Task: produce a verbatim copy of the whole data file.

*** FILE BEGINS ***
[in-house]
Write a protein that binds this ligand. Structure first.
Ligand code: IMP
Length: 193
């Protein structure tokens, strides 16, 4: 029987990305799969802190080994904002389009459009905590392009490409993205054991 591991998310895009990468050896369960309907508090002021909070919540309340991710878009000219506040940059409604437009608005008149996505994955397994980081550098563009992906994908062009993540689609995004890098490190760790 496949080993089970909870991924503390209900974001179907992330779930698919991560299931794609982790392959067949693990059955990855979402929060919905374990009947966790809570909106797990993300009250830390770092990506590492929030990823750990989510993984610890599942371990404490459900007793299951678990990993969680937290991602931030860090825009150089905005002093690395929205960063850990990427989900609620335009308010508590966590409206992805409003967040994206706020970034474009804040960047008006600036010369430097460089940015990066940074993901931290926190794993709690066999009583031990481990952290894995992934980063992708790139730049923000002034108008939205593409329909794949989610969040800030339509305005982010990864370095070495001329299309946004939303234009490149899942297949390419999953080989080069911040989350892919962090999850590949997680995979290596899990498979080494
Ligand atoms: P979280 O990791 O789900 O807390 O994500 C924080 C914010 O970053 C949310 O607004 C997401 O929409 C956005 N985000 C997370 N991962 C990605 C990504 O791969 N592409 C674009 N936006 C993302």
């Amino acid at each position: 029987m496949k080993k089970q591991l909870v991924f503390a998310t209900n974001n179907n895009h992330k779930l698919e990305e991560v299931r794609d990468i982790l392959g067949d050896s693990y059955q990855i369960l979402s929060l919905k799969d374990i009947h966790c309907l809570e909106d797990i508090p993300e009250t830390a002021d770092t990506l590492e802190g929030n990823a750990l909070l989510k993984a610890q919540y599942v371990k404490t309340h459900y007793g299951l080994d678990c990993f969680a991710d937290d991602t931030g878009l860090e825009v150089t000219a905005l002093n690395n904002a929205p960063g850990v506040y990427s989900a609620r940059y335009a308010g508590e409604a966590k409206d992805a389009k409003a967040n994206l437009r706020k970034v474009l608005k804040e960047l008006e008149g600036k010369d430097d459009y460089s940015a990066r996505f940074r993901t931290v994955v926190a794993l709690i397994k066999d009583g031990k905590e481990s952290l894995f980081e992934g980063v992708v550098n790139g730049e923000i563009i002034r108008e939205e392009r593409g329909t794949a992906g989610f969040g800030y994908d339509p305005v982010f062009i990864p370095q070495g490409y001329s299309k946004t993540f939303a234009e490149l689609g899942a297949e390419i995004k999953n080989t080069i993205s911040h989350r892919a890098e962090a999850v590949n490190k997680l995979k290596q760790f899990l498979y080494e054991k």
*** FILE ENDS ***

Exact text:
[in-house]
Write a protein that binds this ligand. Structure first.
Ligand code: IMP
Length: 193
């Protein structure tokens, strides 16, 4: 029987990305799969802190080994904002389009459009905590392009490409993205054991 591991998310895009990468050896369960309907508090002021909070919540309340991710878009000219506040940059409604437009608005008149996505994955397994980081550098563009992906994908062009993540689609995004890098490190760790 496949080993089970909870991924503390209900974001179907992330779930698919991560299931794609982790392959067949693990059955990855979402929060919905374990009947966790809570909106797990993300009250830390770092990506590492929030990823750990989510993984610890599942371990404490459900007793299951678990990993969680937290991602931030860090825009150089905005002093690395929205960063850990990427989900609620335009308010508590966590409206992805409003967040994206706020970034474009804040960047008006600036010369430097460089940015990066940074993901931290926190794993709690066999009583031990481990952290894995992934980063992708790139730049923000002034108008939205593409329909794949989610969040800030339509305005982010990864370095070495001329299309946004939303234009490149899942297949390419999953080989080069911040989350892919962090999850590949997680995979290596899990498979080494
Ligand atoms: P979280 O990791 O789900 O807390 O994500 C924080 C914010 O970053 C949310 O607004 C997401 O929409 C956005 N985000 C997370 N991962 C990605 C990504 O791969 N592409 C674009 N936006 C993302």
């Amino acid at each position: 029987m496949k080993k089970q591991l909870v991924f503390a998310t209900n974001n179907n895009h992330k779930l698919e990305e991560v299931r794609d990468i982790l392959g067949d050896s693990y059955q990855i369960l979402s929060l919905k799969d374990i009947h966790c309907l809570e909106d797990i508090p993300e009250t830390a002021d770092t990506l590492e802190g929030n990823a750990l909070l989510k993984a610890q919540y599942v371990k404490t309340h459900y007793g299951l080994d678990c990993f969680a991710d937290d991602t931030g878009l860090e825009v150089t000219a905005l002093n690395n904002a929205p960063g850990v506040y990427s989900a609620r940059y335009a308010g508590e409604a966590k409206d992805a389009k409003a967040n994206l437009r706020k970034v474009l608005k804040e960047l008006e008149g600036k010369d430097d459009y460089s940015a990066r996505f940074r993901t931290v994955v926190a794993l709690i397994k066999d009583g031990k905590e481990s952290l894995f980081e992934g980063v992708v550098n790139g730049e923000i563009i002034r108008e939205e392009r593409g329909t794949a992906g989610f969040g800030y994908d339509p305005v982010f062009i990864p370095q070495g490409y001329s299309k946004t993540f939303a234009e490149l689609g899942a297949e390419i995004k999953n080989t080069i993205s911040h989350r892919a890098e962090a999850v590949n490190k997680l995979k290596q760790f899990l498979y080494e054991k």